The Porkfish (Anisotremus virginicus) is also known as Atlantic Porkfish and Paragrate grunt.
In addition to being kept in aquariums, this species is also an appreciated game fish and marketed fresh as food. Reports of ciguatera poisoning exist.
Anisotremus virginicus has not been evaluated for the IUCN Red List of Threatened Species.
Geographical range, habitat and habits
Porkfish is found in the Western Atlantic. Its range stretches from Florida in the USA, through the Gulf of Mexico and the Caribbean Sea, and down to Brazil.
Porkfish is found over reefs and rocky bottoms in inshore waters. Its depth range is 2-20 meters / 6-65 feet. This is a nocturnal species that feeds during the night. Just like the other grunts, it can produce a grunting sound by rubbing its teeth together.
In the wild, the Porkfish is known to form large schools and it has been seen swimming with White grunts (Haemulon plumierii).
Size and appearance
The largest scientifically measured Porkfish was 40.6 cm / 16 in.
The body is decorated with yellow and silvery blue stripes while the fins are yellow. There are two black bars: one proceeds diagonally from the nape through the eye to the mouth, while the other originates at the dorsal fin based and runs fairly vertically to the base of the pectoral fin. This species is deep bodied, the snout is blunt and the lips are thick.
Juvenile specimens are without bars and are instead adorned with a large dark blotch close to the base of the caudal fin. You can also see two black stripes running horizontally through mid-body and back. The head is of a brilliant yellow shade.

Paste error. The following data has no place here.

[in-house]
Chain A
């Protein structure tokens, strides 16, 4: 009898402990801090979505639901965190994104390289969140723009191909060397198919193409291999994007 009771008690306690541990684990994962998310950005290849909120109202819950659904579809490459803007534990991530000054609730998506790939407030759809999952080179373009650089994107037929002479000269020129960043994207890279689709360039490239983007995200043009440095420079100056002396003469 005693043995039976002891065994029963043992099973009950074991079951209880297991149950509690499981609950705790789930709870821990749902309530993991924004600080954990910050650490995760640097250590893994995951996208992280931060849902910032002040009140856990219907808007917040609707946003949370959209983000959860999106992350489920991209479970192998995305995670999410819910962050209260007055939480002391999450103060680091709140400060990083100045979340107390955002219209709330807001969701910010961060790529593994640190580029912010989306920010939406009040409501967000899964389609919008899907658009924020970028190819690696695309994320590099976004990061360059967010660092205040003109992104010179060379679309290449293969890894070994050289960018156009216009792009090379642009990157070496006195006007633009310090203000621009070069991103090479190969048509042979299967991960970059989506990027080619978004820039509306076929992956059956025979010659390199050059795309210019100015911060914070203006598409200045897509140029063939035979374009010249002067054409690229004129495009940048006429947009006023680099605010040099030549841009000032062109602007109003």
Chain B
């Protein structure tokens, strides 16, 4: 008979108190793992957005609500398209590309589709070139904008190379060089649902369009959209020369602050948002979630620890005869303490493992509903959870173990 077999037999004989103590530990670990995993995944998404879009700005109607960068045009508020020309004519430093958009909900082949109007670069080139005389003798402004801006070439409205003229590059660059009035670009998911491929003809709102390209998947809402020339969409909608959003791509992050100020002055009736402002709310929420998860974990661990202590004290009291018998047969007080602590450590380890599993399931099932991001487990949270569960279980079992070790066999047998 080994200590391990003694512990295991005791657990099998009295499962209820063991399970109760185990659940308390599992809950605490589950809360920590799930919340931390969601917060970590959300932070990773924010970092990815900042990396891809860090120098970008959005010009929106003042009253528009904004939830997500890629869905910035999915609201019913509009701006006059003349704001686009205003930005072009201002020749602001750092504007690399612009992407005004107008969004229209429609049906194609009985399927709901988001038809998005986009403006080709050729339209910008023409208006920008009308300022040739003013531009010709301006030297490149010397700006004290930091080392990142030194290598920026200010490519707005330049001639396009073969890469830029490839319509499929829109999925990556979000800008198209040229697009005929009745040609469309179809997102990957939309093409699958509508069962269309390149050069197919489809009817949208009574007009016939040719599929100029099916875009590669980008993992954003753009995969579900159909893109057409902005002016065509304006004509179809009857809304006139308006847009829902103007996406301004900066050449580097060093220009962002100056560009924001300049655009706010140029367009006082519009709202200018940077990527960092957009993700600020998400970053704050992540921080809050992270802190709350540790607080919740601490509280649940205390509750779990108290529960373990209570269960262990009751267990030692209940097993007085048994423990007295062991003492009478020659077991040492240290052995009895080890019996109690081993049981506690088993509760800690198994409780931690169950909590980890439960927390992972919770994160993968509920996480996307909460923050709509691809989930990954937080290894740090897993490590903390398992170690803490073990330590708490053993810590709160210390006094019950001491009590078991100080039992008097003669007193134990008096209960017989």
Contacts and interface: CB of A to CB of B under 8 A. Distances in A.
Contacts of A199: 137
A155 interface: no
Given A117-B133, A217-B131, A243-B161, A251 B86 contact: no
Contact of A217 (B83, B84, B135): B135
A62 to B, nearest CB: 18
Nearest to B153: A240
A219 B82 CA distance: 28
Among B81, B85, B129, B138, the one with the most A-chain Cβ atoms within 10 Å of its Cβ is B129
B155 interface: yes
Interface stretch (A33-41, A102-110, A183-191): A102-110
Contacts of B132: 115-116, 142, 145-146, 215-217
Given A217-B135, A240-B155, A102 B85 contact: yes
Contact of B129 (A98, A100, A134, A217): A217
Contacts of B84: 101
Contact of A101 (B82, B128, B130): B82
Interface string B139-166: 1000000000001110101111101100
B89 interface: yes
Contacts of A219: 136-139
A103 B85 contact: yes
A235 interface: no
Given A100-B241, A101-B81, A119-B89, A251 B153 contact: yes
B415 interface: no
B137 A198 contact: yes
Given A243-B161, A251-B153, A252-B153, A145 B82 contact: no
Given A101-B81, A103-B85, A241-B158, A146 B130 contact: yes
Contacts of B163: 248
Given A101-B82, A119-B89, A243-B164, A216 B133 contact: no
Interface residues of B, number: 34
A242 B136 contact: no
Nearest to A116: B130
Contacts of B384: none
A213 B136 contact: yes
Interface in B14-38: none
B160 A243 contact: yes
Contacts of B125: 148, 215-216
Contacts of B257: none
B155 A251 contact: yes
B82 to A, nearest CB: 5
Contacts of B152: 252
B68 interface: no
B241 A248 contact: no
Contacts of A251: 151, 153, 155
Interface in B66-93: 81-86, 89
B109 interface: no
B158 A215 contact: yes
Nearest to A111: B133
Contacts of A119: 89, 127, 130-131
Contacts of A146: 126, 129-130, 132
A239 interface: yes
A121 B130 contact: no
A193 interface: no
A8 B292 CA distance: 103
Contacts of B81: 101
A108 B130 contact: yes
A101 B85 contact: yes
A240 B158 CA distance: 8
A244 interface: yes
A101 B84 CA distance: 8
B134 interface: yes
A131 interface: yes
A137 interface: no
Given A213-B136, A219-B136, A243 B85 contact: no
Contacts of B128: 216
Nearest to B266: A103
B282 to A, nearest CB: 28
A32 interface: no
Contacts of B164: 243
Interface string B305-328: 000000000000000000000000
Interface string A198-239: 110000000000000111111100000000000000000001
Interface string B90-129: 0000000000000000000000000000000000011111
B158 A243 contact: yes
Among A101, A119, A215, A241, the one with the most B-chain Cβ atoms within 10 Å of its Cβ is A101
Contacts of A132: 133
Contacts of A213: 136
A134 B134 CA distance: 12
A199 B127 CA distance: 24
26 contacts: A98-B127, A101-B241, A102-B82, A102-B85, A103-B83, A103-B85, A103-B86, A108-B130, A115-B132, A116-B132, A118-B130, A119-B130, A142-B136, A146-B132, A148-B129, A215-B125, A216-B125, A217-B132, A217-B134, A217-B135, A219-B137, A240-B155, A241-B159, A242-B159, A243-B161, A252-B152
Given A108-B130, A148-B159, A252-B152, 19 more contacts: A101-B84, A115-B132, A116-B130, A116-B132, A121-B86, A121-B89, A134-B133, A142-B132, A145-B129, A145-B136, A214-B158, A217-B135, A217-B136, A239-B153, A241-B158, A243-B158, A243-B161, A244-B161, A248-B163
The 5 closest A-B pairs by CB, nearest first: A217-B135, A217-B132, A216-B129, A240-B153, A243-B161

It is not advisable to house Porkfish is an aquarium smaller than 275 litres / 72 gallons. This species is ideally kept in schools and the fishes must have plenty of open space to swim around in. Also include suitable caves and/or ledges as hiding spots.
The recommended water temperature when keeping Porkfish is 72-78º F / 22-25.5º C. The specific gravity should be kept in the 1.020-1.025 range and the pH-value at 8.1-8.4.
The peaceful Porkfish should not be housed with aggressive species. It is not considered reef compatible since it is fond of eating crabs, shrimps, snails and starfish.
In the wild, the nocturnal Porkfish feeds chiefly on molluscs, annelids, echinoderms and crustaceans. It is however an omnivore and needs certain amounts of green food in their diet as well. Juveniles eat parasites that they remove from larger fishes.
In the aquarium, you can feed your Porkfish meaty foods like chopped marine animals (shrimps, clams, fish etcetera) combined with vegetables and algae based foods.
Porkfish is an egg-laying species. It has been successfully bred in captivity, but very little is known about its spawning habits.